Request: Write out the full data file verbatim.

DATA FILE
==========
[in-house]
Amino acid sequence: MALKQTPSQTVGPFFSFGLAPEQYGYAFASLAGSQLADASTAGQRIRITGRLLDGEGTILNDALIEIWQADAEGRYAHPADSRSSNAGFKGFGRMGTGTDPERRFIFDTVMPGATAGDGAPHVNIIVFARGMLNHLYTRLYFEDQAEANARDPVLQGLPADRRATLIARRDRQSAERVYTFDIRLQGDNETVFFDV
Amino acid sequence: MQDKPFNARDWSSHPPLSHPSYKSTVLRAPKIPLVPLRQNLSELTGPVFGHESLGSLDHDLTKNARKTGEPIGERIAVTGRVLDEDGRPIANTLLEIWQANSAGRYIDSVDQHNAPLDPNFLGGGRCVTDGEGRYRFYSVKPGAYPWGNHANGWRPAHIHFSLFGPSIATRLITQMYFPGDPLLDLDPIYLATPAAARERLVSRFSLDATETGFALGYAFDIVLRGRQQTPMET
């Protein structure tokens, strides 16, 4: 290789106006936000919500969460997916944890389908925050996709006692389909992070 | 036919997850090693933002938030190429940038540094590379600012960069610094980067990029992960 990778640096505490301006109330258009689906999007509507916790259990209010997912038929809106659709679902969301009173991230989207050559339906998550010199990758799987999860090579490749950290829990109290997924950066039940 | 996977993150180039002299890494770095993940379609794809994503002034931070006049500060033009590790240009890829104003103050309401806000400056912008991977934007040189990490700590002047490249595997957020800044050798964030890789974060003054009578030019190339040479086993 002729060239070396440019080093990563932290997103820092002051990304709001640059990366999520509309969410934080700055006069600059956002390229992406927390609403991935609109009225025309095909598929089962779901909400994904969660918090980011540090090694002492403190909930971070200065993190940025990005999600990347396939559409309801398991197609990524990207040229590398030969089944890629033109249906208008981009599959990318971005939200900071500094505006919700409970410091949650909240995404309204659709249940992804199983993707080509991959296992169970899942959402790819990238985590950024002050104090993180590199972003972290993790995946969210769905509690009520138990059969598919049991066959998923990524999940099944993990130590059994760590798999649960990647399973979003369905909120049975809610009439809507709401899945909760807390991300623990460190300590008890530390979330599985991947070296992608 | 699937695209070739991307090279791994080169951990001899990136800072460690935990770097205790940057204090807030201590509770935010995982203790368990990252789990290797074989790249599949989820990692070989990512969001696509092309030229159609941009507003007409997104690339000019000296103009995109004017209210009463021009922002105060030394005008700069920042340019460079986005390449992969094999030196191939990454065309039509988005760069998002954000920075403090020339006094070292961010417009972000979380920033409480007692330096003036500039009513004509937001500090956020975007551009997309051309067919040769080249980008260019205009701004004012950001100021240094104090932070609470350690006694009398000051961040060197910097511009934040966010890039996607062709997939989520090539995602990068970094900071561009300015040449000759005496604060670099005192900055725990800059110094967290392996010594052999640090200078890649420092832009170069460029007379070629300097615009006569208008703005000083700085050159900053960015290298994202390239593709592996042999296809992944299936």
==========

[in-house]
Amino acid sequence: MALKQTPSQTVGPFFSFGLAPEQYGYAFASLAGSQLADASTAGQRIRITGRLLDGEGTILNDALIEIWQADAEGRYAHPADSRSSNAGFKGFGRMGTGTDPERRFIFDTVMPGATAGDGAPHVNIIVFARGMLNHLYTRLYFEDQAEANARDPVLQGLPADRRATLIARRDRQSAERVYTFDIRLQGDNETVFFDV
Amino acid sequence: MQDKPFNARDWSSHPPLSHPSYKSTVLRAPKIPLVPLRQNLSELTGPVFGHESLGSLDHDLTKNARKTGEPIGERIAVTGRVLDEDGRPIANTLLEIWQANSAGRYIDSVDQHNAPLDPNFLGGGRCVTDGEGRYRFYSVKPGAYPWGNHANGWRPAHIHFSLFGPSIATRLITQMYFPGDPLLDLDPIYLATPAAARERLVSRFSLDATETGFALGYAFDIVLRGRQQTPMET
């Protein structure tokens, strides 16, 4: 290789106006936000919500969460997916944890389908925050996709006692389909992070 | 036919997850090693933002938030190429940038540094590379600012960069610094980067990029992960 990778640096505490301006109330258009689906999007509507916790259990209010997912038929809106659709679902969301009173991230989207050559339906998550010199990758799987999860090579490749950290829990109290997924950066039940 | 996977993150180039002299890494770095993940379609794809994503002034931070006049500060033009590790240009890829104003103050309401806000400056912008991977934007040189990490700590002047490249595997957020800044050798964030890789974060003054009578030019190339040479086993 002729060239070396440019080093990563932290997103820092002051990304709001640059990366999520509309969410934080700055006069600059956002390229992406927390609403991935609109009225025309095909598929089962779901909400994904969660918090980011540090090694002492403190909930971070200065993190940025990005999600990347396939559409309801398991197609990524990207040229590398030969089944890629033109249906208008981009599959990318971005939200900071500094505006919700409970410091949650909240995404309204659709249940992804199983993707080509991959296992169970899942959402790819990238985590950024002050104090993180590199972003972290993790995946969210769905509690009520138990059969598919049991066959998923990524999940099944993990130590059994760590798999649960990647399973979003369905909120049975809610009439809507709401899945909760807390991300623990460190300590008890530390979330599985991947070296992608 | 699937695209070739991307090279791994080169951990001899990136800072460690935990770097205790940057204090807030201590509770935010995982203790368990990252789990290797074989790249599949989820990692070989990512969001696509092309030229159609941009507003007409997104690339000019000296103009995109004017209210009463021009922002105060030394005008700069920042340019460079986005390449992969094999030196191939990454065309039509988005760069998002954000920075403090020339006094070292961010417009972000979380920033409480007692330096003036500039009513004509937001500090956020975007551009997309051309067919040769080249980008260019205009701004004012950001100021240094104090932070609470350690006694009398000051961040060197910097511009934040966010890039996607062709997939989520090539995602990068970094900071561009300015040449000759005496604060670099005192900055725990800059110094967290392996010594052999640090200078890649420092832009170069460029007379070629300097615009006569208008703005000083700085050159900053960015290298994202390239593709592996042999296809992944299936």